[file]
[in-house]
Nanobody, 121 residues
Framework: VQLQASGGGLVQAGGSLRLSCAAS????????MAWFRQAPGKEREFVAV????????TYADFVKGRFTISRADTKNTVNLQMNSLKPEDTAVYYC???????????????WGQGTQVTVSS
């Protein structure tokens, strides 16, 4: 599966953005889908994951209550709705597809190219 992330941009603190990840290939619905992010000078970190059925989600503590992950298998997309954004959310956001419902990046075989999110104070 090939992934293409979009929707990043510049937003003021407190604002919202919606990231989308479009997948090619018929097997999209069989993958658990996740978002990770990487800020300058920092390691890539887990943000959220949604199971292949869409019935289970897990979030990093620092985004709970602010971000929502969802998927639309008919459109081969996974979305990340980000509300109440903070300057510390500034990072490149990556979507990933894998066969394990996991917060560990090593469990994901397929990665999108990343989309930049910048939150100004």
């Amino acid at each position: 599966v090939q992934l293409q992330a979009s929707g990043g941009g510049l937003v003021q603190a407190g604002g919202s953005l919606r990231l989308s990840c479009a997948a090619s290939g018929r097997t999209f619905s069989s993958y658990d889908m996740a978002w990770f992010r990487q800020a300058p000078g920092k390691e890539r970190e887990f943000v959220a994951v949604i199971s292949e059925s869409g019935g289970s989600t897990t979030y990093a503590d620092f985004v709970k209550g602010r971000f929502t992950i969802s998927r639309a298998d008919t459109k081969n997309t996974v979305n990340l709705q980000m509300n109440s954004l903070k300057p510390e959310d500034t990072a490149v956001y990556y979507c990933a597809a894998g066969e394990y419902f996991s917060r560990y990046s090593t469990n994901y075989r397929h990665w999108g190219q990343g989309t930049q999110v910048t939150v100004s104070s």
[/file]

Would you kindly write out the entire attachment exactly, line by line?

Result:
[in-house]
Nanobody, 121 residues
Framework: VQLQASGGGLVQAGGSLRLSCAAS????????MAWFRQAPGKEREFVAV????????TYADFVKGRFTISRADTKNTVNLQMNSLKPEDTAVYYC???????????????WGQGTQVTVSS
């Protein structure tokens, strides 16, 4: 599966953005889908994951209550709705597809190219 992330941009603190990840290939619905992010000078970190059925989600503590992950298998997309954004959310956001419902990046075989999110104070 090939992934293409979009929707990043510049937003003021407190604002919202919606990231989308479009997948090619018929097997999209069989993958658990996740978002990770990487800020300058920092390691890539887990943000959220949604199971292949869409019935289970897990979030990093620092985004709970602010971000929502969802998927639309008919459109081969996974979305990340980000509300109440903070300057510390500034990072490149990556979507990933894998066969394990996991917060560990090593469990994901397929990665999108990343989309930049910048939150100004």
């Amino acid at each position: 599966v090939q992934l293409q992330a979009s929707g990043g941009g510049l937003v003021q603190a407190g604002g919202s953005l919606r990231l989308s990840c479009a997948a090619s290939g018929r097997t999209f619905s069989s993958y658990d889908m996740a978002w990770f992010r990487q800020a300058p000078g920092k390691e890539r970190e887990f943000v959220a994951v949604i199971s292949e059925s869409g019935g289970s989600t897990t979030y990093a503590d620092f985004v709970k209550g602010r971000f929502t992950i969802s998927r639309a298998d008919t459109k081969n997309t996974v979305n990340l709705q980000m509300n109440s954004l903070k300057p510390e959310d500034t990072a490149v956001y990556y979507c990933a597809a894998g066969e394990y419902f996991s917060r560990y990046s090593t469990n994901y075989r397929h990665w999108g190219q990343g989309t930049q999110v910048t939150v100004s104070s």